Before we can discuss the plethora of benefits that can be derived from using Neroli Essential Oil, it’s first worth taking a look at the oil’s source. The bitter orange tree (Citrus aurantium) is considered one of the most valued trees among essential oil users as it is used to produce three distinctively different essential oils. The small white flowers are handpicked and steam-distilled to produce Neroli oil, while the peel of the fruit is used to produce bitter orange oil, and the leaves are used to produce petitgrain essential oil. A single tree can produce up to 60lbs of flowers in a season, however it takes 1000lbs to produce the oil, which makes it one of the most costly oils on earth. These trees are found in Florida, Morocco, Tunisia, Egypt, France, India, and Eastern Africa.
Neroli gets it’s name from Princess Marie-Anne de La Treemoille of Nerola, Italy, who lived in the 16th century and so loved the fragrant orange blossom scent that she introduced it to the whole of Italy. The oil has an intensely sweet floral/citrus scent, which sometimes causes disputes in how it sh ould be classified. Yet the fact it originates from a citrus tree usually ends such conflicts, regardless of the scent. And speaking of scent, Neroli is considered a vital ingredient in the fragrance and perfume industry. Eau-de-Cologne, the legendary perfume from Cologne, Germany, uses this oil as its main ingredient. The original recipe has been described as a fragrance that reminds one of mountain daffodils and orange blossoms after a morning spring rain.
It’s difficult to generalize all the wonderful benefits in a single statement, but it’s easy to say that it acts as an antidepressant, antispasmodic, bactericidal, disinfectant sedative. Neroli oil’s therapeutic properties come from its many beneficial components, such as alpha-pinene, beta-pinene, alpha-terpinene, farnesol, camphene, geraniol, indole, nerol, linalyl acetate, linalool, methyl anthranilate, neryl acetate and nerolido. It would require a lengthy document to detail and demonstrate what each of these compounds adds, but it’s safe to say that they work great and we are fortunate to find them all in one oil.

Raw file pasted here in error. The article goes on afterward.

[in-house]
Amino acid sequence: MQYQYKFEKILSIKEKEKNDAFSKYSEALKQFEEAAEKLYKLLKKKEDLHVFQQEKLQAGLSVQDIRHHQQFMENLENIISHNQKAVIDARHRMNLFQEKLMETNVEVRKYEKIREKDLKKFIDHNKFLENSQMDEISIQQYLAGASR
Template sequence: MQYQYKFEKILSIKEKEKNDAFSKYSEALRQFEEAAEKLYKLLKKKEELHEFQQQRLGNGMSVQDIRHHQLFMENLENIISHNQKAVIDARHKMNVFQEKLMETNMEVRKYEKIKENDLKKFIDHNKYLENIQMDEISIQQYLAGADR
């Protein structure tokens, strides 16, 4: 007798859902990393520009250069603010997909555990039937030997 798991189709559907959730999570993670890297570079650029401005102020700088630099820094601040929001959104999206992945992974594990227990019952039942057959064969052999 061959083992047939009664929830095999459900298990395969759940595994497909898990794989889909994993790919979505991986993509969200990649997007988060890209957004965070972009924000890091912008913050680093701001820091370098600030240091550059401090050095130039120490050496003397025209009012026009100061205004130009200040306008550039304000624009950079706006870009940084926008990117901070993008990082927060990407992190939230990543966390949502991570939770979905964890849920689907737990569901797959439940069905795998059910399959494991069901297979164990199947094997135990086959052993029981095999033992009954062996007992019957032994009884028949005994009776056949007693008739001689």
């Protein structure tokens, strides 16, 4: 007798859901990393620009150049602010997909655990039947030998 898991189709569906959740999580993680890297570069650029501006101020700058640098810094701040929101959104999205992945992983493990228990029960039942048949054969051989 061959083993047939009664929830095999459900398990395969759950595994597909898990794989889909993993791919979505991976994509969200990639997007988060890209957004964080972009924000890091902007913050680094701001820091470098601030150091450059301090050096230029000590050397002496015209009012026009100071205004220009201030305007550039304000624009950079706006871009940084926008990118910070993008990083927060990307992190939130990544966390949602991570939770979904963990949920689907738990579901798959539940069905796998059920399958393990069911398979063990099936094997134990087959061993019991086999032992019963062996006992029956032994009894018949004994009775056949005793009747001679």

Neroli can be used topically, taken internally, or inhaled directly from the bottle or with the aid of a diffuser.
Topical Health Benefits of Neroli
It fights and prevents future infection, kills bacteria, and improves circulation. Some people refer to oil as “warming oil” because it increases blood flow, thus causing a feeling of overall body warmth; which many users in colder climates strongly support. It’s a great item to keep in your first-aid kit or backpack.
It’s an all-around total skin care solution, but has been specifically shown to reduce of scars, acne spots, or other blemishes. Neroli has been said to work better than any commercially available product for fading wrinkles and stretch marks associated with pregnancy or weight loss. The ability to repair skin at a cellular level is what separates Neroli from other creams or balms which make claims to do similar things. It’s also nearly foolproof since it helps to balance the natural oil level found in skin and can be used by virtually everyone with positive effects. As we age, our skin becomes tighter and more brittle, however using Neroli can help restore the natural elasticity of our skin.